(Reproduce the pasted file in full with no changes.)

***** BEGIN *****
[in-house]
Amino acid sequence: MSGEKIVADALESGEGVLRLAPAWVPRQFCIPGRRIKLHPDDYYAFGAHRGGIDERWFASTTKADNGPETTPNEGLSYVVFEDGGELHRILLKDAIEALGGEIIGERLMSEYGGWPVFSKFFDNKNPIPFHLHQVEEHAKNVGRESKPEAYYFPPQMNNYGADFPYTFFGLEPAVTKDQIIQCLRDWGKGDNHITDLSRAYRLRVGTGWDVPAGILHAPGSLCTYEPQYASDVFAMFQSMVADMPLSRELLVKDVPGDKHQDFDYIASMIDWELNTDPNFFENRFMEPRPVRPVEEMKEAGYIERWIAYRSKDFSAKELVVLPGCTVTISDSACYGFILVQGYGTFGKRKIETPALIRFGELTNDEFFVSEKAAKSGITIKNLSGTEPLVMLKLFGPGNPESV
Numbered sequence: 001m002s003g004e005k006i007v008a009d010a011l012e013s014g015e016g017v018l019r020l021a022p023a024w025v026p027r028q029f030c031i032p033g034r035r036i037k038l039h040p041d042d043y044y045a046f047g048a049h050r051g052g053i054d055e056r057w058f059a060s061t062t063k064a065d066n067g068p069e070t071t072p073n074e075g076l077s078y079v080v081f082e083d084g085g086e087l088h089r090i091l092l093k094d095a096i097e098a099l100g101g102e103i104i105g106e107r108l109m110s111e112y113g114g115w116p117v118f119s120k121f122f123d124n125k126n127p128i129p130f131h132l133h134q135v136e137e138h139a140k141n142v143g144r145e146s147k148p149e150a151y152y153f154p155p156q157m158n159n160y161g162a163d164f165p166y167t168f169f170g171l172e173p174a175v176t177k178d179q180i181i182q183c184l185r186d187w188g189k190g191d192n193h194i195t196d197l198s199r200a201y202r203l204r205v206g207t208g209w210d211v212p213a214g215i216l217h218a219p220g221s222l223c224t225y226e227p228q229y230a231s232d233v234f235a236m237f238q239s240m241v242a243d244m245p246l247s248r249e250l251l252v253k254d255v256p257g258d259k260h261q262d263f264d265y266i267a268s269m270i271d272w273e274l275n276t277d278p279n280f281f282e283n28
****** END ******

[in-house]
Amino acid sequence: MSGEKIVADALESGEGVLRLAPAWVPRQFCIPGRRIKLHPDDYYAFGAHRGGIDERWFASTTKADNGPETTPNEGLSYVVFEDGGELHRILLKDAIEALGGEIIGERLMSEYGGWPVFSKFFDNKNPIPFHLHQVEEHAKNVGRESKPEAYYFPPQMNNYGADFPYTFFGLEPAVTKDQIIQCLRDWGKGDNHITDLSRAYRLRVGTGWDVPAGILHAPGSLCTYEPQYASDVFAMFQSMVADMPLSRELLVKDVPGDKHQDFDYIASMIDWELNTDPNFFENRFMEPRPVRPVEEMKEAGYIERWIAYRSKDFSAKELVVLPGCTVTISDSACYGFILVQGYGTFGKRKIETPALIRFGELTNDEFFVSEKAAKSGITIKNLSGTEPLVMLKLFGPGNPESV
Numbered sequence: 001m002s003g004e005k006i007v008a009d010a011l012e013s014g015e016g017v018l019r020l021a022p023a024w025v026p027r028q029f030c031i032p033g034r035r036i037k038l039h040p041d042d043y044y045a046f047g048a049h050r051g052g053i054d055e056r057w058f059a060s061t062t063k064a065d066n067g068p069e070t071t072p073n074e075g076l077s078y079v080v081f082e083d084g085g086e087l088h089r090i091l092l093k094d095a096i097e098a099l100g101g102e103i104i105g106e107r108l109m110s111e112y113g114g115w116p117v118f119s120k121f122f123d124n125k126n127p128i129p130f131h132l133h134q135v136e137e138h139a140k141n142v143g144r145e146s147k148p149e150a151y152y153f154p155p156q157m158n159n160y161g162a163d164f165p166y167t168f169f170g171l172e173p174a175v176t177k178d179q180i181i182q183c184l185r186d187w188g189k190g191d192n193h194i195t196d197l198s199r200a201y202r203l204r205v206g207t208g209w210d211v212p213a214g215i216l217h218a219p220g221s222l223c224t225y226e227p228q229y230a231s232d233v234f235a236m237f238q239s240m241v242a243d244m245p246l247s248r249e250l251l252v253k254d255v256p257g258d259k260h261q262d263f264d265y266i267a268s269m270i271d272w273e274l275n276t277d278p279n280f281f282e283n28